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Named after John MacAdam, who first described them. They thrive on the subtropical coasts of eastern Australia.
- FRUIT: consist of a fibrous outer covering, a brownish spherical shell and a cream-colored kernel about the size of a ball. It bears fruit from the 5th year.
- NUTRITIONAL VALUE: of high nutritional value as they contain many trace elements such as magnesium, calcium, iron, zinc, selenium, copper but also tocopherols, phytosterols and squalene. They contain a large amount of monounsaturated fatty acids that give them their special texture.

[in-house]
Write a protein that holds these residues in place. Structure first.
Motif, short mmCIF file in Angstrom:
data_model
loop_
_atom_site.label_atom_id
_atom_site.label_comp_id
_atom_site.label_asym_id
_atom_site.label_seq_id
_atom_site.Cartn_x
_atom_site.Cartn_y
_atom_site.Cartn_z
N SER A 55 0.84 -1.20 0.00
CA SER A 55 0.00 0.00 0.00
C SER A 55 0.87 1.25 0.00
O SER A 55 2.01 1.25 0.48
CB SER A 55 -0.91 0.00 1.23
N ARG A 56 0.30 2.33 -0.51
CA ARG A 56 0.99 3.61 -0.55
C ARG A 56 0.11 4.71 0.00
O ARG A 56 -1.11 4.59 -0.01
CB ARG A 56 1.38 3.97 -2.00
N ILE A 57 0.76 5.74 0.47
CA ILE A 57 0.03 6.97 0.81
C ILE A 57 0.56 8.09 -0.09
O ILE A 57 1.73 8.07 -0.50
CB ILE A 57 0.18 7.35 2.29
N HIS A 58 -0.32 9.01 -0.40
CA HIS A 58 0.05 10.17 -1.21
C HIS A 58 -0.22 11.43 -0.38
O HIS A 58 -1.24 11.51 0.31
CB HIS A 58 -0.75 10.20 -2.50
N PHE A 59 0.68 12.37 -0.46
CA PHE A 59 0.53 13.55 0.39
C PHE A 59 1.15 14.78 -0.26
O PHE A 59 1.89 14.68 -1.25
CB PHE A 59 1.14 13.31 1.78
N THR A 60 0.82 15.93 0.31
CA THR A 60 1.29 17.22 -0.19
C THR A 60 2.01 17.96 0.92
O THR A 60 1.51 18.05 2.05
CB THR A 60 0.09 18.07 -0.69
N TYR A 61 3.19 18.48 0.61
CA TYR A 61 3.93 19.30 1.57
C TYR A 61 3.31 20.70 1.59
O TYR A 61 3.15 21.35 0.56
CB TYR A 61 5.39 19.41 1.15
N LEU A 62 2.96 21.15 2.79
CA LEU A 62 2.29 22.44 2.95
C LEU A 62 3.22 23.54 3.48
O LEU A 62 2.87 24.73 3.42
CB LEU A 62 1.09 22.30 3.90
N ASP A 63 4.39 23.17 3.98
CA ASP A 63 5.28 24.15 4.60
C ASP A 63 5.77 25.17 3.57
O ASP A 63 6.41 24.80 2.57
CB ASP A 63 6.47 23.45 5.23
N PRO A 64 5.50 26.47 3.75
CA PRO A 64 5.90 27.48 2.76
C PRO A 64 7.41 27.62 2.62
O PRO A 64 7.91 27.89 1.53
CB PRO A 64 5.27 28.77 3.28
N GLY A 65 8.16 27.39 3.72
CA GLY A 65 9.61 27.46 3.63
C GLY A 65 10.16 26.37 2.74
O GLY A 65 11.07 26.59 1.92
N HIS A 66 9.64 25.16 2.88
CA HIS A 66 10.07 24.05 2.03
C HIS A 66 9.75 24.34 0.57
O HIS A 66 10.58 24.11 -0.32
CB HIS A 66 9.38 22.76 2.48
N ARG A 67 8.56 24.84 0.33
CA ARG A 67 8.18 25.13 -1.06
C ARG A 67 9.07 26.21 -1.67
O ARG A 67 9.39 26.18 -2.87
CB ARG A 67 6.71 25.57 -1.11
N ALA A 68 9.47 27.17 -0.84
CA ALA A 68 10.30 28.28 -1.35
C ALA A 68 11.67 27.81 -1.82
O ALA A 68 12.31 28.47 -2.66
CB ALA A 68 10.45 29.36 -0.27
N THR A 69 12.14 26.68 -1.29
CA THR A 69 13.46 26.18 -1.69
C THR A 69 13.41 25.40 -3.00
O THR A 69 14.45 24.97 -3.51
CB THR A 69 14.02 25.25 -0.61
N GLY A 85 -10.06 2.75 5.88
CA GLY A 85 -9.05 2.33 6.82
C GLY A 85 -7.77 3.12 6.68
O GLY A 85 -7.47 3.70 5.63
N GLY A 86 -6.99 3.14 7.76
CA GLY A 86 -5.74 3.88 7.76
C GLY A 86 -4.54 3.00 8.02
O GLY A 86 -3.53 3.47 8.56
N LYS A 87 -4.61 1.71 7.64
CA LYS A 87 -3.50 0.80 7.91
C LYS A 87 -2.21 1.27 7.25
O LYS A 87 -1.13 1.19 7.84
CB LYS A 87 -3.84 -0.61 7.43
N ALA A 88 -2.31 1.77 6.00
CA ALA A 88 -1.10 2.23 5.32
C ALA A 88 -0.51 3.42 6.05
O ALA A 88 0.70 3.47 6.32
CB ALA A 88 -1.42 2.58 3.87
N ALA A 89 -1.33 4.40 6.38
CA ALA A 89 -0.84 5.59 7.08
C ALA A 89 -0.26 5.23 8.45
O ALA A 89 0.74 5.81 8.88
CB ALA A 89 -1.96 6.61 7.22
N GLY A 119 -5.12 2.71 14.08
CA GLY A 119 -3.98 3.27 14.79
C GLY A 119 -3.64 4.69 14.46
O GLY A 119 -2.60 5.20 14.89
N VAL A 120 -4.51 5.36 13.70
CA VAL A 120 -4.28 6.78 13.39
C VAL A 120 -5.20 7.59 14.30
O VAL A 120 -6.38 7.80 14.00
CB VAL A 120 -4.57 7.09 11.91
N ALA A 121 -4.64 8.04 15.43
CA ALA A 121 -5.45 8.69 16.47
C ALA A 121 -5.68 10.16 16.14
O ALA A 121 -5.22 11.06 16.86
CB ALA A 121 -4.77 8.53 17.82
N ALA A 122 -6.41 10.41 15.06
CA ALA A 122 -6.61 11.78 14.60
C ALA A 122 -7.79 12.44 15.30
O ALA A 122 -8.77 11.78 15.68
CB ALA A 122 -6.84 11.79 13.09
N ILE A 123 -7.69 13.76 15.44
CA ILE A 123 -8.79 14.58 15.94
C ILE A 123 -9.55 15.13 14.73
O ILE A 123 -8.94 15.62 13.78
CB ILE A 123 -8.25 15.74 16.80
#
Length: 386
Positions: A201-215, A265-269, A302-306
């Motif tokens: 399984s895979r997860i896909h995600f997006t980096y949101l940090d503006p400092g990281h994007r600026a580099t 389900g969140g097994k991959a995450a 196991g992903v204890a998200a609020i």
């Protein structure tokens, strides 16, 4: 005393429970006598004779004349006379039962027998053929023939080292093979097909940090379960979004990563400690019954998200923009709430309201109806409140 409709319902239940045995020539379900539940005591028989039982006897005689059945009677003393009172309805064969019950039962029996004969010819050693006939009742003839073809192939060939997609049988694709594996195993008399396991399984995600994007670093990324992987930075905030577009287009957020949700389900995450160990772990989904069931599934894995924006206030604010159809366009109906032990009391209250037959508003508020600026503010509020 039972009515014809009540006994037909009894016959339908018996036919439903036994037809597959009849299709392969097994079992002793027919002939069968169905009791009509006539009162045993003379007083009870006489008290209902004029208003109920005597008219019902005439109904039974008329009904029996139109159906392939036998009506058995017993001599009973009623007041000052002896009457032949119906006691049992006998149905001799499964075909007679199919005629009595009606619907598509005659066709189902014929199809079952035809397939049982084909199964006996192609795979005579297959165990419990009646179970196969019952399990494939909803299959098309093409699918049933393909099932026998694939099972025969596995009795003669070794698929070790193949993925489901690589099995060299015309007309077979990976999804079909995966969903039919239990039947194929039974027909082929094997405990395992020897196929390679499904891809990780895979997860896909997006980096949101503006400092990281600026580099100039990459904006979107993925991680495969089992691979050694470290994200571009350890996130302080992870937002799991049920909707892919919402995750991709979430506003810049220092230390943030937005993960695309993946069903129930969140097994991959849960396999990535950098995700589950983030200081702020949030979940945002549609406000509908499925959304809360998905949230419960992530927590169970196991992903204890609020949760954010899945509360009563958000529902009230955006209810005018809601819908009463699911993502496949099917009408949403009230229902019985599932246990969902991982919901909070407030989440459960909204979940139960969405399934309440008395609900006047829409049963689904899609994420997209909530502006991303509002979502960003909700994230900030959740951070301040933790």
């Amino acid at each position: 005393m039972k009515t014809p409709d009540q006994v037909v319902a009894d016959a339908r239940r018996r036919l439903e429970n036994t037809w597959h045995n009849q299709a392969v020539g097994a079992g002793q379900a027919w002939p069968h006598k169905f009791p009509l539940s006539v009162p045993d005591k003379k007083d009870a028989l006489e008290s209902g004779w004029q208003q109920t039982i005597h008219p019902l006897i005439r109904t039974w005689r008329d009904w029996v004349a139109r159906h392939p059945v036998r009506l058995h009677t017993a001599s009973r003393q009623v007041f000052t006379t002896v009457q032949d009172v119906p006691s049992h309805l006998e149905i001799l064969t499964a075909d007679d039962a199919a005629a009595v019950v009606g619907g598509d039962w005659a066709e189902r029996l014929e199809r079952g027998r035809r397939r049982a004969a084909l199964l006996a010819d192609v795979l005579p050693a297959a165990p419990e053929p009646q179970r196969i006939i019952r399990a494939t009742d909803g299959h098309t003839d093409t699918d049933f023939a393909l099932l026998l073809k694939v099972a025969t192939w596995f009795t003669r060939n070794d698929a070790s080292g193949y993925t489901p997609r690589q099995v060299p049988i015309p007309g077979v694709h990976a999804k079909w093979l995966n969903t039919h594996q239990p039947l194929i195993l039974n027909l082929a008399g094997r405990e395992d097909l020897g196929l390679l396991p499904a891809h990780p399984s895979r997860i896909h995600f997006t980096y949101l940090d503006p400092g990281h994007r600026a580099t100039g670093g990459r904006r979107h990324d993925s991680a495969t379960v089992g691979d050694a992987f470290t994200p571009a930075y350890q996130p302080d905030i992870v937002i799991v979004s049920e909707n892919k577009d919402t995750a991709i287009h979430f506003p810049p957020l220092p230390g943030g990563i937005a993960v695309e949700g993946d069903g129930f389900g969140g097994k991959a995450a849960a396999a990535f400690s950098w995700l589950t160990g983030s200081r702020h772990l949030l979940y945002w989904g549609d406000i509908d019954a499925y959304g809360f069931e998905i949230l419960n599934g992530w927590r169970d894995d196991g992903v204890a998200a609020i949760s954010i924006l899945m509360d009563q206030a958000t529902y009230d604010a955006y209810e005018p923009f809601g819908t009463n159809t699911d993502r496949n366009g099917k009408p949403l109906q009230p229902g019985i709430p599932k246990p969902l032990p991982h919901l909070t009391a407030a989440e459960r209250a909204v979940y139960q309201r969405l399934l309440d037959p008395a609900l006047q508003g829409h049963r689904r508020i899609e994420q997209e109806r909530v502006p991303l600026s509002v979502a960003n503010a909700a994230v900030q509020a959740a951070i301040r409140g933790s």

- ENVIRONMENTAL CONDITIONS: In northern areas the plants should be kept in a heated greenhouse for about 2 years until they harden off. They thrive in deep, well-drained soils with plenty of moisture and protection from strong winds for the first time. The soil should be loose and with a pH of 4.5 to 8. The ideal temperature is 16-25°C and they can survive below 3°C but there is a risk of losing part of the production. The recommended altitude is 90-300 meters above sea level, while growth above 600 meters is slow and production is delayed.
- PLANTING SPACES: The ideal combinations are: 3.5 X 7m, 2.5 X 5m, 10 X 6m.
- FERTILIZATION: zinc oxide in 200 g / 100 liters of water or NZN in 150 ml / 100 l of water. Many orchards are low in boron and it is desirable to spray every 2 years with 100 g borax / 100 l water.
- IRRIGATION: Lack of water often limits the growth of trees and fruits